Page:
The ordinary or household bedbug, or Cimex lectularius, is found worldwide. These insects adapt well to human environments and classically live in temperate climates. A number of additional pests resemble bedbugs in habits and appearance.
The tropical bedbug, or Cimex hemipterus, was only recently discovered by the Medical Entomology Department, ICPMR (Institute of Clinical Pathology and Medical Research). Found in the tropical regions such as Florida, this species infests poultry and bats.
Leptocimex boueti, or bat bugs, has also been observed in tropical regions. This species feeds primarily on bats, although they do sometimes choose human hosts. Bat bugs and bedbugs are very similar in appearance and one can only distinguish between them through microscopic examination. Additional species, such as Cimex pilosellus and C. pipistrella, also target bats.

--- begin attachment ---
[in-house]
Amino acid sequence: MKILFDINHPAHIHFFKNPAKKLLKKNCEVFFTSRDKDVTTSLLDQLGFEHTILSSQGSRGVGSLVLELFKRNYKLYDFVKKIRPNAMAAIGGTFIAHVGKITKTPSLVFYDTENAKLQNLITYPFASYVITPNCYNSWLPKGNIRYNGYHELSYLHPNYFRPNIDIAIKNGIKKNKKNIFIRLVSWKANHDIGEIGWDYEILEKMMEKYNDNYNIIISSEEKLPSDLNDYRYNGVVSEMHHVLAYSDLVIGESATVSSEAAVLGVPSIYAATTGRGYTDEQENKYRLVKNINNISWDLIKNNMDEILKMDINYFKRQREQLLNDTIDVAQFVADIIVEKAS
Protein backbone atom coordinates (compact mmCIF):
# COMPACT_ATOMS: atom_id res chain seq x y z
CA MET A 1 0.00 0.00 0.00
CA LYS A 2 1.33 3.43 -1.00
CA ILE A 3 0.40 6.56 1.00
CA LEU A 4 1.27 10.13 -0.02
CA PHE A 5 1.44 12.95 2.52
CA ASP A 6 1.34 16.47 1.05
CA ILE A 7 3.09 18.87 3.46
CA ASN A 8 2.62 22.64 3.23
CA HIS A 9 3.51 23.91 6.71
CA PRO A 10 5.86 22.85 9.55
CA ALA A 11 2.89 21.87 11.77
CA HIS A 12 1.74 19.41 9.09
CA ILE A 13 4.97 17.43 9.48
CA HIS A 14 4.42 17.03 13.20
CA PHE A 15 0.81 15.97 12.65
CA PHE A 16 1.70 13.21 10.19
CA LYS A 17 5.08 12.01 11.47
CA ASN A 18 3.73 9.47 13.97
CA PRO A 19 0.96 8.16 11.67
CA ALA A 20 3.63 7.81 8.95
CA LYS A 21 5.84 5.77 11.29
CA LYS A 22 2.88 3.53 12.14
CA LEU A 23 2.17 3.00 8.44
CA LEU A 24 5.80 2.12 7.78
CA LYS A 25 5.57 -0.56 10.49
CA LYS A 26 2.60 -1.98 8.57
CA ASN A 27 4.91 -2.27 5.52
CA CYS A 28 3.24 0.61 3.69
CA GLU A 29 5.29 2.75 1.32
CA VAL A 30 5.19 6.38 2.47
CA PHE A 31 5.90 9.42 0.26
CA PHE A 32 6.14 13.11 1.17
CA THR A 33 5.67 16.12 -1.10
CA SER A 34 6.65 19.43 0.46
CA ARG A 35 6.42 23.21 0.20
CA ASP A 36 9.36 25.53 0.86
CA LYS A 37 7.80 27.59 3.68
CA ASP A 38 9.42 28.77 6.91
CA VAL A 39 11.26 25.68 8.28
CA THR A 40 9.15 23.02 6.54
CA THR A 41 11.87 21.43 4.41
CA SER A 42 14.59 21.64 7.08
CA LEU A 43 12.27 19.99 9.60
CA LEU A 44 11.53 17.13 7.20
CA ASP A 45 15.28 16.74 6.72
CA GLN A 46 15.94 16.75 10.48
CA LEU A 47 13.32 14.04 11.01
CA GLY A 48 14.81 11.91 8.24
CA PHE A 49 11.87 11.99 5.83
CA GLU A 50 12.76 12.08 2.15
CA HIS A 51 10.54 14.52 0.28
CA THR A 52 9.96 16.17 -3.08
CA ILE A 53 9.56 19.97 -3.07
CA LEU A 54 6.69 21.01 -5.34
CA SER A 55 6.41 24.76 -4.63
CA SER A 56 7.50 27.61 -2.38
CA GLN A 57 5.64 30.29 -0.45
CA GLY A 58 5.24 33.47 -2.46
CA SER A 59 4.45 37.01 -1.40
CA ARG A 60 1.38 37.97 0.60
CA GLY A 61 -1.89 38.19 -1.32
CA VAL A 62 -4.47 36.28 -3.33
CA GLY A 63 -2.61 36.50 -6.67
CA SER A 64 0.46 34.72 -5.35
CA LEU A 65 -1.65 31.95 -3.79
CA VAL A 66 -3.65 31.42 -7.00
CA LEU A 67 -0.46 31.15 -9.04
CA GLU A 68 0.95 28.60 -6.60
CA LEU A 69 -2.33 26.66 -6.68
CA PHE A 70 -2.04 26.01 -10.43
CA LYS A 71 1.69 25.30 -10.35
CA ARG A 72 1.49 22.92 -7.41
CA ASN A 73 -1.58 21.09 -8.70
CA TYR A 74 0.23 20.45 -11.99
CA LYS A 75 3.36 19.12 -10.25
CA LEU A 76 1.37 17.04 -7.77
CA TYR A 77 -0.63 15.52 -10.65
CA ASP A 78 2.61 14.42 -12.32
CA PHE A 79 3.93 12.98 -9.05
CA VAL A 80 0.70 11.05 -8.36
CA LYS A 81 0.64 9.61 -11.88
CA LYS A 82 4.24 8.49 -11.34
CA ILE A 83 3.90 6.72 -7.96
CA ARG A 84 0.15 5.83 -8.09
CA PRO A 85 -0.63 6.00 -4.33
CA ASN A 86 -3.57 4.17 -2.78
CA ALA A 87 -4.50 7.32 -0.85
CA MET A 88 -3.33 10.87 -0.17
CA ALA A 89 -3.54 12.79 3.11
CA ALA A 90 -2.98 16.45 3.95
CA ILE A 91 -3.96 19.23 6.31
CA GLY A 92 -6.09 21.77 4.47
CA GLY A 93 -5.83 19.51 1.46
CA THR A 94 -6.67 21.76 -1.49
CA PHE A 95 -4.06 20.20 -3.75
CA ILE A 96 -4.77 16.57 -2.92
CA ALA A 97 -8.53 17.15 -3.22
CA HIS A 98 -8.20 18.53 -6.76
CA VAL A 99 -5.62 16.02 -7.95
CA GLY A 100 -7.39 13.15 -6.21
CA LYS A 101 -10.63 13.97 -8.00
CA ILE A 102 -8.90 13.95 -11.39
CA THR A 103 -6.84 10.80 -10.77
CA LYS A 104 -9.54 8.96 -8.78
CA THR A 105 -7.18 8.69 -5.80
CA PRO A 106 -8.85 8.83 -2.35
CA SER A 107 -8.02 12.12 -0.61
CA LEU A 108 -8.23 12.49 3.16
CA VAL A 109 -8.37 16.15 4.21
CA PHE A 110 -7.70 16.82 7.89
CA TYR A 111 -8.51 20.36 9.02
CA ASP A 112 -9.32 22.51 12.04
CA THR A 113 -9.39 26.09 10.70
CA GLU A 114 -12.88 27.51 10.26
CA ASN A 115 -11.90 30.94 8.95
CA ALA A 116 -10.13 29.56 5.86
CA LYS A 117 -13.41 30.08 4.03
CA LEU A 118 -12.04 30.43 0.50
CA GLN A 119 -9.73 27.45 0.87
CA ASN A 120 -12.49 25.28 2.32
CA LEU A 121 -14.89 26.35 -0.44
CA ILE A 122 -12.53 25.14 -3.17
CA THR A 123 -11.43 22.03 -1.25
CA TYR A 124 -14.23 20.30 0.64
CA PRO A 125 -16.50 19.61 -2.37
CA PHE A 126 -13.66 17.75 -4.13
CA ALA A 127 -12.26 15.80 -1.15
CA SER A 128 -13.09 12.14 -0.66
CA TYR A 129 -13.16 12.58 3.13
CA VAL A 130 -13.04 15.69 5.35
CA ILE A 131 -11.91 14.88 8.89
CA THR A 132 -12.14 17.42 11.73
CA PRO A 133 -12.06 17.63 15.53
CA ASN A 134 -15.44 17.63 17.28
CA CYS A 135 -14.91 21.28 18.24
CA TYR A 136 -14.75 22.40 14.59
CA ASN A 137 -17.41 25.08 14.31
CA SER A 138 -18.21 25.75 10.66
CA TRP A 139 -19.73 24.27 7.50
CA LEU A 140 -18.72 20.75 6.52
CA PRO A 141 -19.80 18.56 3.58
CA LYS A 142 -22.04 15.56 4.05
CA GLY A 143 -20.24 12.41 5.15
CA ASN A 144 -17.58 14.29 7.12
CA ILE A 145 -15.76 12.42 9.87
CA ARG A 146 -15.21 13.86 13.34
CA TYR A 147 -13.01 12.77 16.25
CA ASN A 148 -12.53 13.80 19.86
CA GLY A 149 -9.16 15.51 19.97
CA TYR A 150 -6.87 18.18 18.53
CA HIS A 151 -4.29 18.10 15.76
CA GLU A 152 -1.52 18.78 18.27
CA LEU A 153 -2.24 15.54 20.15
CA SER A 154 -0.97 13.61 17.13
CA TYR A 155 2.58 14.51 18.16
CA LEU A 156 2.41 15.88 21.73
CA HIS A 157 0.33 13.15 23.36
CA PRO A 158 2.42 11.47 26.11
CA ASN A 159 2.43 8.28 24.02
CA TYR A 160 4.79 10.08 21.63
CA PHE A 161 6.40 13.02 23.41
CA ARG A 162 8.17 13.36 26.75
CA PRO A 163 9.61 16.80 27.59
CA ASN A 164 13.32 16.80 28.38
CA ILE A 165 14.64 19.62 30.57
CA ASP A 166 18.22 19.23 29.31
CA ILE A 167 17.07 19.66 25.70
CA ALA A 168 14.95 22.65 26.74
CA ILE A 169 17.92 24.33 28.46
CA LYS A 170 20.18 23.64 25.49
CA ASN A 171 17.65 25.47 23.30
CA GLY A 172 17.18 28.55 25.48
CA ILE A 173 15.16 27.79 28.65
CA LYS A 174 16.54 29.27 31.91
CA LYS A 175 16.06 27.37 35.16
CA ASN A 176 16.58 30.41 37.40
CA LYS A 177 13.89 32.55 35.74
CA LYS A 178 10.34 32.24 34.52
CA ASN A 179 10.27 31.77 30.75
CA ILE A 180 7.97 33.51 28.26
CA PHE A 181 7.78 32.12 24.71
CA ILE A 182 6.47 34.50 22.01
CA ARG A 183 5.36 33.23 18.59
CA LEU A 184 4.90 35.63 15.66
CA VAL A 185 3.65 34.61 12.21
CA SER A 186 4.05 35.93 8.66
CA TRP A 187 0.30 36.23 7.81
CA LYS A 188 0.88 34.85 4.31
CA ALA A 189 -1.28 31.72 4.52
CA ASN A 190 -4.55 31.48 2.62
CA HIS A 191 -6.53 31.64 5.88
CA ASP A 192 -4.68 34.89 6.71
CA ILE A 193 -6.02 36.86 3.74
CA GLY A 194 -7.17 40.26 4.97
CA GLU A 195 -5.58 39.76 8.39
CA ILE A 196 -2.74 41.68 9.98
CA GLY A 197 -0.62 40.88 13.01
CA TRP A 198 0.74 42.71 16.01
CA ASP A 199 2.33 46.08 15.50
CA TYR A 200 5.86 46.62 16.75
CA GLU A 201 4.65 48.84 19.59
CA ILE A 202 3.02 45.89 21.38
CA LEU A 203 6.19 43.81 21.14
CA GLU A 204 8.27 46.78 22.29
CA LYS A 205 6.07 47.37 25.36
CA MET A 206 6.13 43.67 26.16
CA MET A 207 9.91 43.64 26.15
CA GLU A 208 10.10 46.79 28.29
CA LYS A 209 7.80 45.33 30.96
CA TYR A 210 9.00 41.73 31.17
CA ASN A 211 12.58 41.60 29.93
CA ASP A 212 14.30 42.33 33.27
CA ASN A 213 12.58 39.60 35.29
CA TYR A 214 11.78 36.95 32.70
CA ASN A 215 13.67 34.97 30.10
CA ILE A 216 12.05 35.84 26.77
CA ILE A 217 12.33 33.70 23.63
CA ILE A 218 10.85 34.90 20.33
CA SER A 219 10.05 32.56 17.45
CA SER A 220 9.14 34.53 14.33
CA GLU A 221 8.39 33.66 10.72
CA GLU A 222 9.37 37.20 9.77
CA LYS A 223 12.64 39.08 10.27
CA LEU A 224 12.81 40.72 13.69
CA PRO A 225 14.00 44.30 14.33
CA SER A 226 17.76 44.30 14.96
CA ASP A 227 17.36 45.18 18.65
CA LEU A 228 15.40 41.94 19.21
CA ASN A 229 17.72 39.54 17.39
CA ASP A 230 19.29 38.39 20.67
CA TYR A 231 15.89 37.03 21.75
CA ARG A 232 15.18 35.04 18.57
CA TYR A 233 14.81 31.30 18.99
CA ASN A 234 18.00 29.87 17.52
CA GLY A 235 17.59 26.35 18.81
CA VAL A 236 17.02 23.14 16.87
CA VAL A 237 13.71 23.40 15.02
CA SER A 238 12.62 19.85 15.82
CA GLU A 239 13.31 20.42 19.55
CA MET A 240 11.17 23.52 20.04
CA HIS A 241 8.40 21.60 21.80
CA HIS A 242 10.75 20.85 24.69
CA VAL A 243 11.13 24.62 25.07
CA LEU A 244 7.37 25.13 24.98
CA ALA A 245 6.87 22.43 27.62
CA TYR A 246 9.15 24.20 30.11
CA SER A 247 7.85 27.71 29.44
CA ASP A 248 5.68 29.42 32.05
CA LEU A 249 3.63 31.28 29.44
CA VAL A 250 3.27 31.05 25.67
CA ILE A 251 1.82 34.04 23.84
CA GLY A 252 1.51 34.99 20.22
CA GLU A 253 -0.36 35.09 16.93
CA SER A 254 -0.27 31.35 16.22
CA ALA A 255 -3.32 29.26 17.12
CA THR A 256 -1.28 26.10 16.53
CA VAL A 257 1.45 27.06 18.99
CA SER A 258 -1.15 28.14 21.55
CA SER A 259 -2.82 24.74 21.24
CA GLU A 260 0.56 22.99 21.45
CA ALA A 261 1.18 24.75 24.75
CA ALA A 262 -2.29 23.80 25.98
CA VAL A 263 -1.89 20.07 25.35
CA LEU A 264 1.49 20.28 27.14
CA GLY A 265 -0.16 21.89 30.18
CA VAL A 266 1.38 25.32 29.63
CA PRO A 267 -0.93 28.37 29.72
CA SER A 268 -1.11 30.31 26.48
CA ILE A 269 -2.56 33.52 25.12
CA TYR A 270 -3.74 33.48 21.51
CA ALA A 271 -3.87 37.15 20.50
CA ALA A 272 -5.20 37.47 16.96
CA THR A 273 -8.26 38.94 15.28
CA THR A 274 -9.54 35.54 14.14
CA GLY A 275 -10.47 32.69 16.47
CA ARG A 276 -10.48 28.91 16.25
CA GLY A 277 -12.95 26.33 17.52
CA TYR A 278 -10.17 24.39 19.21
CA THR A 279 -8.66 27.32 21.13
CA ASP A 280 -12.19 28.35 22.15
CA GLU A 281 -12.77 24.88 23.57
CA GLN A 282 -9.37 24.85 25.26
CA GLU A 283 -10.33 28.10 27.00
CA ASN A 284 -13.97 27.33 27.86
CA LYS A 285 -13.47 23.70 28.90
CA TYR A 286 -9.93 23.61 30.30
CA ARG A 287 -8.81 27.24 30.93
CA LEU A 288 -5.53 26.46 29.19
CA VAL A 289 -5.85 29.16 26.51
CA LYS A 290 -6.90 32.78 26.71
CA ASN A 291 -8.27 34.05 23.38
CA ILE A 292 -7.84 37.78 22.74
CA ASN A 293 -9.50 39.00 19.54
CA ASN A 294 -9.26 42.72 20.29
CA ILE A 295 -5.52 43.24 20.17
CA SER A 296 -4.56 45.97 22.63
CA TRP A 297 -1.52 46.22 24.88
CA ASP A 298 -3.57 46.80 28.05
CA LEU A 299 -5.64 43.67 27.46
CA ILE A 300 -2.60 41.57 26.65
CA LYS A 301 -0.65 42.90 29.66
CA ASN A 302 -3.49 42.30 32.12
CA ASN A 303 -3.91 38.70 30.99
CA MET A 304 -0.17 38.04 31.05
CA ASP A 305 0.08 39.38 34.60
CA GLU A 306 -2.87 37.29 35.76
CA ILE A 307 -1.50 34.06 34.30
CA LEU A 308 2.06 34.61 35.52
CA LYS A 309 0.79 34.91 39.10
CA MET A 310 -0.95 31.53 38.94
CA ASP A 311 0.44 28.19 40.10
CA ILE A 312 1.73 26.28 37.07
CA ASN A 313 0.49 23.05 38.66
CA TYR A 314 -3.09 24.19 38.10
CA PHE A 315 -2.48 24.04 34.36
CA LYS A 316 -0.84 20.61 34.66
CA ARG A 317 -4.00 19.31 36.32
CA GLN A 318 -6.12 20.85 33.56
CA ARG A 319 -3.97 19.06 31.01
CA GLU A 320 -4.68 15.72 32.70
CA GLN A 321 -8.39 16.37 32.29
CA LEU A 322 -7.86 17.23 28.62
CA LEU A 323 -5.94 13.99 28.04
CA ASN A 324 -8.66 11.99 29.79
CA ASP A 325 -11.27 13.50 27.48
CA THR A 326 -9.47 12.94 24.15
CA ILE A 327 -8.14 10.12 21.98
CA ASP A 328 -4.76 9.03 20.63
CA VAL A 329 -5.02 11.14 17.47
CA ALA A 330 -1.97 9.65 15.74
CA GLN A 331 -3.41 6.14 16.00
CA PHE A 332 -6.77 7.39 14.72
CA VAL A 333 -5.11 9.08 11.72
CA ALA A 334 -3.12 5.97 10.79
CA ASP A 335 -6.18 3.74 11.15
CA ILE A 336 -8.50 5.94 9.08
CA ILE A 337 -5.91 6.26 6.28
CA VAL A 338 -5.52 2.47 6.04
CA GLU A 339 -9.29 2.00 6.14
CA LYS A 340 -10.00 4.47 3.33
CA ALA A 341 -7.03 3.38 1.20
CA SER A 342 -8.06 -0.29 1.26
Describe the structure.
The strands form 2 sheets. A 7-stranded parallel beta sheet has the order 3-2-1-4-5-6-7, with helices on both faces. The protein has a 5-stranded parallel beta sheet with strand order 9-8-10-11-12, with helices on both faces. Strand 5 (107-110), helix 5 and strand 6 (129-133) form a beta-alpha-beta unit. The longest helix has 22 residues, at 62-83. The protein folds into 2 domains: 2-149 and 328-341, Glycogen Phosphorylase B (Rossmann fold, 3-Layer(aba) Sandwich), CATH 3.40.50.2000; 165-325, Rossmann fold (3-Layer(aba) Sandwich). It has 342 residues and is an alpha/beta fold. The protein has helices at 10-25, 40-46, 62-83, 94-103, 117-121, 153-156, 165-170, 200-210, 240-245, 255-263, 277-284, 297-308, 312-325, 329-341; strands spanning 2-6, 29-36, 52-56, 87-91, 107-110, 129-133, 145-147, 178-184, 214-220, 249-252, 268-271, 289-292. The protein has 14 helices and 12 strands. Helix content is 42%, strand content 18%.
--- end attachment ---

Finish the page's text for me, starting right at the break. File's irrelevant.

Located primarily in North America, the Mexican chicken bug, or Haematosiphon inodora, also closely resembles the common bedbug. However, these insects are classically found on poultry farms and choose bird species and domestic fowl as hosts.
Barn swallow bugs look like bedbugs as well. Though barn swallow bugs feed primarily on cliff swallows and live in swallow nests, they have been known to enter human dwellings when bird migration occurs.
It is very important to accurately identify bedbugs before beginning treatment of an infestation: incorrect control methods will prove ineffective and it may be harmful to small children, pets and furnishings.